A World on its Knees

Conflict, genocide, and crimes against humanity

Los Angeles, 1992

On Wednesday, April 29, 1992, I was driven all the way home from school.  This was unusual; on most days, a friend’s parent or an older student drove me to Pacific Palisades and I took two Santa Monica Big Blue Buses home from there.  As the car got to the intersection where we turned right on Ocean near the Santa Monica Pier, KCRW news informed us that the four police officers who had beaten Rodney King on tape had been acquitted.  I was angry and stunned as only a child can be.  To a White child, the videotape evidence was shocking and clear.  In short, I had not encountered the realities that killed Trayvon Martin, Tamir Rice, Michael Brown,  or Sandra Bland.  I was indignant.

I was also a child, and I was home much earlier than usual.  I began my homework immediately, so my parents must have been home to enforce the homework-first rule, though I don’t remember why one or both of them was home so early.  After a while, I got stuck in Algebra and called a friend.  She unstuck me and then asked if I’d seen the man being beaten on television.  The beating of Reginald Denny was the first I heard of the trouble that was stirring all over the city.

The next day was a school day, and we were all somewhat distracted.  We heard about what was going on here and there: prayers at the beginning of Religion class, rumors floating around the student body.  We knew there was a curfew; older students were warned to take it seriously.  I went to school in the Valley but lived on the Westside, so my classmates were worried about me in large part due to their being unclear on the geography.  I was told that there was rioting all morning “in Venice,” our neighborhood, and had to tell friends that it was on Venice… Boulevard, which runs from the beach all the way downtown.  In other words, the rioting was not exactly nearby.

I was not allowed to take the bus home that day; my father arranged to have a friend’s mother drive me to their home in the Palisades so he could pick me up from there.  My friend and I stood in her living room, watching television.  The Emergency Broadcast System alarm went off, declaring that this was “not a test.”  She and I looked at each other in alarm.  Always, before, it had been a test.

That is the last of my chronological memories of the riots.  Somewhere in that period, school was cancelled.  I learned the term “martial law.”  We went to my ailing godfather’s apartment in Inglewood to bring him food and, like everyone else, he was watching TV coverage, clucking angrily at the screen.  His home health aid, William, a man who could say the longest and most flowery grace I’d ever heard to that point, told me how all Black men were mistreated by the police in Los Angeles.  He was my window, my introduction, to a more brutal world than the one I had known.  My parents’ anger at the verdicts, my godfather’s outrage at the destruction of young Black and Brown lives at the hands of the police, were not nearly as potent as the dispassionate narrative of a lived experience.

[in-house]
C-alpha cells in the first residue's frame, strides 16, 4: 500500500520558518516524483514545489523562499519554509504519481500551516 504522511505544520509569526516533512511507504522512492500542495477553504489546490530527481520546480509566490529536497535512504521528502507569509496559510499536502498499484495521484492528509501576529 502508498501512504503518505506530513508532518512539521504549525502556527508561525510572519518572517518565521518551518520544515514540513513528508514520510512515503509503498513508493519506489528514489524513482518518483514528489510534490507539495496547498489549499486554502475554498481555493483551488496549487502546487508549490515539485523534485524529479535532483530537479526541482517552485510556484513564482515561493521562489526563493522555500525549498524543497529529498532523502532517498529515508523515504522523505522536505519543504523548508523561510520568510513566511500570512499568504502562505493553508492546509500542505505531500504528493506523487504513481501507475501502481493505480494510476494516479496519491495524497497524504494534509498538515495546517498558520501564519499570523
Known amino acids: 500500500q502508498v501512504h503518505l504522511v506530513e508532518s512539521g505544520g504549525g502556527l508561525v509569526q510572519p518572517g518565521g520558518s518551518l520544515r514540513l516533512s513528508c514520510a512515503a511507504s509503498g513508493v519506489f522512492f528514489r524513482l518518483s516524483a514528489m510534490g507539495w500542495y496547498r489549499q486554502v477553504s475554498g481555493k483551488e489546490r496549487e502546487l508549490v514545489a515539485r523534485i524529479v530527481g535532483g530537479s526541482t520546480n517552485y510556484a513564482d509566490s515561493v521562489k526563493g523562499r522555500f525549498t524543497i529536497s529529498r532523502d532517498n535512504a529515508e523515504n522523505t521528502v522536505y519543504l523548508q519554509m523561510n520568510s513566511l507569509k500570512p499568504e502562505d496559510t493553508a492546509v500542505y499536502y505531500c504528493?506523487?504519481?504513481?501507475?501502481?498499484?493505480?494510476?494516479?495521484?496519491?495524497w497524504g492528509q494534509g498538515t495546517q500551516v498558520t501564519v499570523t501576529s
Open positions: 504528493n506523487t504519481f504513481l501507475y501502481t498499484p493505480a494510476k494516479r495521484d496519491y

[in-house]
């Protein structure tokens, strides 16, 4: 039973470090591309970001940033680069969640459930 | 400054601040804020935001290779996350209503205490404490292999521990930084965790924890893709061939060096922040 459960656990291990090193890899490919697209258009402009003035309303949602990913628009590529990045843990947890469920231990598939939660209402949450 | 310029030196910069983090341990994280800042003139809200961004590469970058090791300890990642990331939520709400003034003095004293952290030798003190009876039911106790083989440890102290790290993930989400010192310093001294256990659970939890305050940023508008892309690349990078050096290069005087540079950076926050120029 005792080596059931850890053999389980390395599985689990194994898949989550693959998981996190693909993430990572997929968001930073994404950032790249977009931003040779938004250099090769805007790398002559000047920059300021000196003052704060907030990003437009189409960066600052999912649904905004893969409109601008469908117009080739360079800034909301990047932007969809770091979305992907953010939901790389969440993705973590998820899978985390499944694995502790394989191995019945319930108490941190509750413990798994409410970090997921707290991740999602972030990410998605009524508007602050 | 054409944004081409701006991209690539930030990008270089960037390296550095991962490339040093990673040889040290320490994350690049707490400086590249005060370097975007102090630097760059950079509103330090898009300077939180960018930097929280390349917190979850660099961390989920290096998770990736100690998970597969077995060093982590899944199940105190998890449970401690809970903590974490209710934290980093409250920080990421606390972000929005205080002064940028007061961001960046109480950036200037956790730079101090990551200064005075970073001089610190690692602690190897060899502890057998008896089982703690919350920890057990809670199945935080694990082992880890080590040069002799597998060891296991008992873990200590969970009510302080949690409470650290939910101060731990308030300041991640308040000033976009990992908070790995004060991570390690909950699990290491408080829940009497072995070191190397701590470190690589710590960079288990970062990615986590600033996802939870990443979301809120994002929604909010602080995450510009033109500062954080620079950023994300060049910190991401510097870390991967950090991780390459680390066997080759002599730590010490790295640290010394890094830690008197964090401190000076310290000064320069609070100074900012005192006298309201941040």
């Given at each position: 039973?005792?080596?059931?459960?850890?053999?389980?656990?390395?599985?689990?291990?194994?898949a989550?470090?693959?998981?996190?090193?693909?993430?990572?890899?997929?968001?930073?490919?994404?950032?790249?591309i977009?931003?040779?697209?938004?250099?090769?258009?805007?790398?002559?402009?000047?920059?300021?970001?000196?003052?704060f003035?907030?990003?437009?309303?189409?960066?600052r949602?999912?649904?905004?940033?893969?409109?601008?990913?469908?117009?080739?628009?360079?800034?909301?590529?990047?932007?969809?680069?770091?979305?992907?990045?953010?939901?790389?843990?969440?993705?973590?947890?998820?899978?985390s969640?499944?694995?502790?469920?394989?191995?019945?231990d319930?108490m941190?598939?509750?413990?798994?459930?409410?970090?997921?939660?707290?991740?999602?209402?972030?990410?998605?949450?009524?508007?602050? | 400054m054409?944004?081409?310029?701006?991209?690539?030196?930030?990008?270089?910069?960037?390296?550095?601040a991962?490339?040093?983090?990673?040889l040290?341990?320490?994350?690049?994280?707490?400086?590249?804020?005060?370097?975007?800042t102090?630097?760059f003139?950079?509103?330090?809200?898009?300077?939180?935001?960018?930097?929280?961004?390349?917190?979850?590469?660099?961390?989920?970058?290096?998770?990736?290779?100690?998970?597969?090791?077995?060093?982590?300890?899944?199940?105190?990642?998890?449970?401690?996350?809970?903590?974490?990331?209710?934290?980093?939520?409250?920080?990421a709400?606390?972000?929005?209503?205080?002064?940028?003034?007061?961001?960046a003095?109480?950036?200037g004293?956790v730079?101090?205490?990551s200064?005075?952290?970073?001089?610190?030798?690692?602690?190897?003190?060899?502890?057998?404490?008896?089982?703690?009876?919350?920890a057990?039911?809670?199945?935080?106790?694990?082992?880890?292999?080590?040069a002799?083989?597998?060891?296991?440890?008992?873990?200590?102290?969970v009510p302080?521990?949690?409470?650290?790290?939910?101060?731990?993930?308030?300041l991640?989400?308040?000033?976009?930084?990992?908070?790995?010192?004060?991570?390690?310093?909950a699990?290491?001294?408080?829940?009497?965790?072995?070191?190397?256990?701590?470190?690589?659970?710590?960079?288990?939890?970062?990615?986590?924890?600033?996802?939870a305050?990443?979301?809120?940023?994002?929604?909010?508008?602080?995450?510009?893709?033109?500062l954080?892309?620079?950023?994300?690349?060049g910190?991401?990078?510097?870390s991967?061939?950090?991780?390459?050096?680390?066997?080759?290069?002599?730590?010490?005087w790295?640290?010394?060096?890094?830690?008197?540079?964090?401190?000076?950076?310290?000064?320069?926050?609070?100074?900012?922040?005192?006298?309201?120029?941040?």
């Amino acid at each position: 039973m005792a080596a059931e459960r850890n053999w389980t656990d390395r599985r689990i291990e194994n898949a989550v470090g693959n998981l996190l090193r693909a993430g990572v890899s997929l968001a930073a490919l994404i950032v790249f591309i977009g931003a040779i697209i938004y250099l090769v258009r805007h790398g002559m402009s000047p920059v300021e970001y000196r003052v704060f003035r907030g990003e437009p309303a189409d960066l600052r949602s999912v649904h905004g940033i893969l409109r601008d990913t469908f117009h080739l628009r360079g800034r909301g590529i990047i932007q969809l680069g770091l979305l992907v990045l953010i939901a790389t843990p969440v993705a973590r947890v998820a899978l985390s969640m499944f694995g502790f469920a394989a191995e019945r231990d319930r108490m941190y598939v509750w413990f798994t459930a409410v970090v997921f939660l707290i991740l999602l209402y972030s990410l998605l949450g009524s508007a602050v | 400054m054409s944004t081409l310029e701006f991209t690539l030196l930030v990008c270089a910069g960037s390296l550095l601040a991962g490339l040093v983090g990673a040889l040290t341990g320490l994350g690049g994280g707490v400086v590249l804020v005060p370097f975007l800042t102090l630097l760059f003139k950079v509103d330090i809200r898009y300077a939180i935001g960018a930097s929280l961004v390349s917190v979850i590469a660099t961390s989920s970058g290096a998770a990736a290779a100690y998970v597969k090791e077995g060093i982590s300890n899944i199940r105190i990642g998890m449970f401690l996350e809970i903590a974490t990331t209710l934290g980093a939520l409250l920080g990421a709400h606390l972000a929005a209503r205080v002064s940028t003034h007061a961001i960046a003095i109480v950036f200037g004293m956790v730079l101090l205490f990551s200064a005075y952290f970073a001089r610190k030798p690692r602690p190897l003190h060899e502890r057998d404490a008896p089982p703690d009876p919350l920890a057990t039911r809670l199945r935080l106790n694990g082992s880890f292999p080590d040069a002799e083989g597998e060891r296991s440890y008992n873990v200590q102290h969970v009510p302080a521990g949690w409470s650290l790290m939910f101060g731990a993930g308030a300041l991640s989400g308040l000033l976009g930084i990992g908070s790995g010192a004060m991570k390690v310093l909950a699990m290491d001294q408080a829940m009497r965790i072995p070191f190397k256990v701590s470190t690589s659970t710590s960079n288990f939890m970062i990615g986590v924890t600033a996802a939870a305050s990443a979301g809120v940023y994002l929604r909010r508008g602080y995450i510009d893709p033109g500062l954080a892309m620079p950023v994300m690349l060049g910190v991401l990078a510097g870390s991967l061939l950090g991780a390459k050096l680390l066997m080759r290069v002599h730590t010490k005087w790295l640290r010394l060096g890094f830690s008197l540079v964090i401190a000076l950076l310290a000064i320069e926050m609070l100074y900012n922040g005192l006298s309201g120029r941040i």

The National Guard and Marines were called out.  My parents left for a planned weekend getaway, and I stayed at their best friends’ home.  There were soldiers at the end of every block and tanks rumbling up the alley.  We kids decided to throw water balloons at tourists who had come specifically to see the soldiers in our beach community – riot tourism, which we children found disgusting, even as we sat indoors (we threw water balloons from upstairs windows and doors) in houses within sight of soldiers.  Eventually, we decided that they must be hot standing out there, and got permission to offer the soldiers cold drinks.  They accepted gratefully.  We, the children, liked them.

Further inland, Korean stores were being targeted for looting.  In fact, Koreatown as a whole was hit quite hard.  In part because of the killing of Latasha Harlins the year before, but also as a result of what the Black community saw as preferential treatment of Koreans and their businesses, tensions had been rising between the Korean and Black communities for some time.   Tensions between Latinx and White and Black and Asia communities contributed to violence for a long time to come.  Importantly, the rioters were not wholly, or even mainly, Black (quote in the article cited here: “This was clearly not a black riot.  It was a minority riot.”).  The many communities in the city that were marginalized and mistreated by the police were abandoned by them and left to fight amongst themselves.  Thousands of businesses were destroyed.  Fires raged.  Police protection was concentrated in Brentwood and Hollywood, underscoring the paranoia and contempt of rich neighborhoods when it comes to poorer parts of the city.

Over and over, you hear that violence does not accomplish anything.  It’s true that the city lost a lot, both in property and money, to the riots.  I regularly drive to the South Los Angeles neighborhood where it started to help out at my wife’s school, three blocks from where Reginald Denny was taken from his truck and beaten.  The neighborhood we live in had been starting to gentrify in 1992; only in the past two or three years has that process restarted.

Violence always accomplishes something, whether or not the effect is desirable.  25 years ago today, the city changed.  Neighborhoods were destroyed.  The Korean-American community experienced a political and social awakening after being left to protect their own homes and businesses.  Amnesty International and Warren Christopher investigated the state of policing in Los Angeles, and police reform went forward.  There are still many institutional problems with policing in the city, but some improvements were made.  Pressure increased to remove Police Chief Daryl Gates, who attended a fundraiser against civilian oversight of the police while the city burned.  He was forced out by the end of June.  A locally-owned grocery store was built a few blocks from the apartment I live in now in response to the growing public awareness that there were entire parts of the city that lacked access to supermarkets.  The economic effects continue to resonate.